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Closing the Money Gap, with Jean Chatzky

Closing the Money Gap, with Jean Chatzky


Episode 1: Closing the Money Gap, with Jean Chatzky

Jean Chatzky is not just a personal finance expert, she’s an experienced journalist, best-selling author, entrepreneur, and much more. In this episode, she shares how she got to be the person she is now, and shares some useful personal finance tips.


Episode Transcript

00:00 Voice Over: Welcome to the Ellevate Podcast: Conversations With Women Changing the Face of Business. And now, your hosts, Sallie Krawcheck and Kristy Wallace.

00:12 Sallie Krawcheck: Hi all. It's Sallie Krawcheck with the Ellevate Network, here with Kristy Wallace, the President of the Ellevate Network. We're at our world headquarters this afternoon, podcasting to you. By world headquarters, I mean we're in this room, [chuckle] in which we have the ladies who run Ellevate Network. And this is the first in our series of podcasts. We are really so excited to be with you and to be joining you. We're gonna be interviewing some of the terrific, amazing, unbelievable, accomplished members of Ellevate Network. Our first interview today is with Jean Chatzky. Before I talk about her, Kristy, let me throw it over to you. Tell everybody about the Ellevate Network.

00:54 Kristy Wallace: So if you don't know Ellevate... And it's E-L-L-E-V-A-T-E.

01:00 SK: It's sort of a French thing for 'she,' that we have going here.

01:01 KW: Yes. Absolutely.

01:05 KW: And please check us out online and on social media. But we are working hard here to close the gender achievement gap. One of the main things we do is we get women together, all about community and networking, as a way for women to lean on and learn from each other. We're really excited for these podcasts, and highlighting the fantastic women in our network, and sharing their expertise and insights with you.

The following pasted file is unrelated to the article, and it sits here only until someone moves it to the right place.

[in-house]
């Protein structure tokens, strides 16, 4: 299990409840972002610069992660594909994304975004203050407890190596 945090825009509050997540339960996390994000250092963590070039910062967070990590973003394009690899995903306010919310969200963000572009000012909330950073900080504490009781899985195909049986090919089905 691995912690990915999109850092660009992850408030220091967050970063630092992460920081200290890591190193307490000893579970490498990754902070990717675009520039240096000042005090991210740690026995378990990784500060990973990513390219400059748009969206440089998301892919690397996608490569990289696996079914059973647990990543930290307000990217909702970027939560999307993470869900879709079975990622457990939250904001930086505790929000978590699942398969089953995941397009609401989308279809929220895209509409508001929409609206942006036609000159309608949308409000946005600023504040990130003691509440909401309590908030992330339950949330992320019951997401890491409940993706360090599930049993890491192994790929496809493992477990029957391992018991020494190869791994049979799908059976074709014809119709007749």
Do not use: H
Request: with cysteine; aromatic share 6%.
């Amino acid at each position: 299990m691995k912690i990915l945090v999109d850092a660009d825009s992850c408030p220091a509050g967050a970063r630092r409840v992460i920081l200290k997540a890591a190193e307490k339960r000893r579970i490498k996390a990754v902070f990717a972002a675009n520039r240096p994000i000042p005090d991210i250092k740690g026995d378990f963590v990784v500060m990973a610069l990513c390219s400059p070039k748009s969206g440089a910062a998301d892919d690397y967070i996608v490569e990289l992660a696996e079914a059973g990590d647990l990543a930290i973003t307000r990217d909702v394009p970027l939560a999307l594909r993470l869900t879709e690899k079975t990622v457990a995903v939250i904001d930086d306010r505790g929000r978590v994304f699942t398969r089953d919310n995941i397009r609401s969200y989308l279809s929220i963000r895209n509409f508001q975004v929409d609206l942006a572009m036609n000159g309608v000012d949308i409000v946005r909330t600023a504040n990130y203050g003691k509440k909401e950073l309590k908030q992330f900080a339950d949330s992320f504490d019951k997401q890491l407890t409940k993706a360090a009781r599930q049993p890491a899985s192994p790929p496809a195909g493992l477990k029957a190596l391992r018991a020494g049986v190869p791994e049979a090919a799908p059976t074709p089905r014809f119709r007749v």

01:27 SK: One thing that I think is really important for you to take away, for us, as women in business... And this is what compelled me to become involved with the Ellevate Network... And it's that networking is the number one unwritten rule of success in business, and that we hear again and again from men, that this is how they move ahead in business. And we hear again and again from women, that they're interested in it, they wanna do it, they're not sure, etcetera. And so, we'd say, "Just do it." Our network provides a means for women to network and it doesn't necessarily, doesn't particularly involve schmoozing and golf courses and beer, but it can very much include making those connections, which can give you all kinds of information that's valuable to you and your career, so that you can move ahead.

02:16 KW: Absolutely, well put.

02:18 SK: Thank you, thank you! [chuckle] Our guest today is Jean Chatzky, who, in addition to being an accomplished personal finance guru, is also a really terrific person. She's the financial editor for NBC's "Today Show." She's also the AARP's Personal Finance Ambassador. And she is the best-selling author of eight books. She talked about... We talked about something that is, I think, very important, and the Ellevate Network, we're very focused on closing the gender pay gap. What Jean talked about, also, is closing the money gap that men and women have. I call it the gender investing gap. And this can cost women hundreds of thousands or millions of dollars over the course of their lives, so being in financial control is very important. So Kristy, every week, we poll the Ellevate Network members and we've talked to them about how they talk to their spouse or partner about their money. So share with us: How often are these conversations taking place? [chuckle]

03:24 KW: Well, it's really interesting to note, is over 60% of the members speak to their spouse or significant other all the time, about all financial matters, whereas, 13% tend to focus just on the big stuff.

03:37 SK: Wow. We should poll the women again and ask 'em how many of those conversations involve alcohol.

03:45 KW: [chuckle] I'm sure that that keeps it interesting.

03:47 SK: Yeah... Or yeah, just let you talk about it. And so talk about how they manage 'em, 'cause I think we found there's no one answer, right?